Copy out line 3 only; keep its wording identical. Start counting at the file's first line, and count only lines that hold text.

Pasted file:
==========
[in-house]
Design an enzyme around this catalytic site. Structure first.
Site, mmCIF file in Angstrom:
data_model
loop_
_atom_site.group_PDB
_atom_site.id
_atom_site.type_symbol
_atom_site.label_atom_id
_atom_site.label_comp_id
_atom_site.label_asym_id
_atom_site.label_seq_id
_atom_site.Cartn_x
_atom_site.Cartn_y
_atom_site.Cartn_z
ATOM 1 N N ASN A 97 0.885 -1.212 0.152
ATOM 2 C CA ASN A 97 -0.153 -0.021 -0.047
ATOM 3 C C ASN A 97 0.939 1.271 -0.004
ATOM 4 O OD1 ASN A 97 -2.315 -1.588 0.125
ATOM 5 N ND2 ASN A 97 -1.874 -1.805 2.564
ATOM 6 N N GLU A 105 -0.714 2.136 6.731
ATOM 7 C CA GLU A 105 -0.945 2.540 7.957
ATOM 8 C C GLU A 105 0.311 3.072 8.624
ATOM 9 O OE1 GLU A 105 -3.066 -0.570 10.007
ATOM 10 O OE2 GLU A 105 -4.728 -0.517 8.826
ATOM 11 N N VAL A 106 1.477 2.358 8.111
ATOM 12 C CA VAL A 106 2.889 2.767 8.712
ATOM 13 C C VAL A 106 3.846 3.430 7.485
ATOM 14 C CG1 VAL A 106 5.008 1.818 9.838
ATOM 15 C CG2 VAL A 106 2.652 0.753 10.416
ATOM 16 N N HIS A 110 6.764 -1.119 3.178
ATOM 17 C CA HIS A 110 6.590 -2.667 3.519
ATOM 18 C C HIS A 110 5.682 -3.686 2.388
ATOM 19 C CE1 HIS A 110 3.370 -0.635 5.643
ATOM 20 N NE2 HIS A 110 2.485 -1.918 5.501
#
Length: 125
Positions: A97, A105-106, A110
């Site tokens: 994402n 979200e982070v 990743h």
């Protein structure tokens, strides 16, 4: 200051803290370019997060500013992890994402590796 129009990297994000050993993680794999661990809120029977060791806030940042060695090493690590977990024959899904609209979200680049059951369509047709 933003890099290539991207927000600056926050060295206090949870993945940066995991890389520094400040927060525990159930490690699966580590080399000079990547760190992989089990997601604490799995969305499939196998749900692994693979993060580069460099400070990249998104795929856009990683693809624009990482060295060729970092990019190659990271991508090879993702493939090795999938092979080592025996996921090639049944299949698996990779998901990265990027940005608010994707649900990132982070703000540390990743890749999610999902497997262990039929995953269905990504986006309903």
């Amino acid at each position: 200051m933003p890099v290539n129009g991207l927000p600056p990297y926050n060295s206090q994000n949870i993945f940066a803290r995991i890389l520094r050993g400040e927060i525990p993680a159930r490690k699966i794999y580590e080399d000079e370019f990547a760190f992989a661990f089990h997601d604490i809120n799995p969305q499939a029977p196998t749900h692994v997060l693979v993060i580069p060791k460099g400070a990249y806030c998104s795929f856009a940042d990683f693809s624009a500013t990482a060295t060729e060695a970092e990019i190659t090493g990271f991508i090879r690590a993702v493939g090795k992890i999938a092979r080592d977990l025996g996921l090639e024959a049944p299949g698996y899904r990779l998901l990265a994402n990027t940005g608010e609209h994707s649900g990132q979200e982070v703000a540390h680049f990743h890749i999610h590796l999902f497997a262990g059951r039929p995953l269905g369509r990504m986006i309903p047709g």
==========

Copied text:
Site, mmCIF file in Angstrom: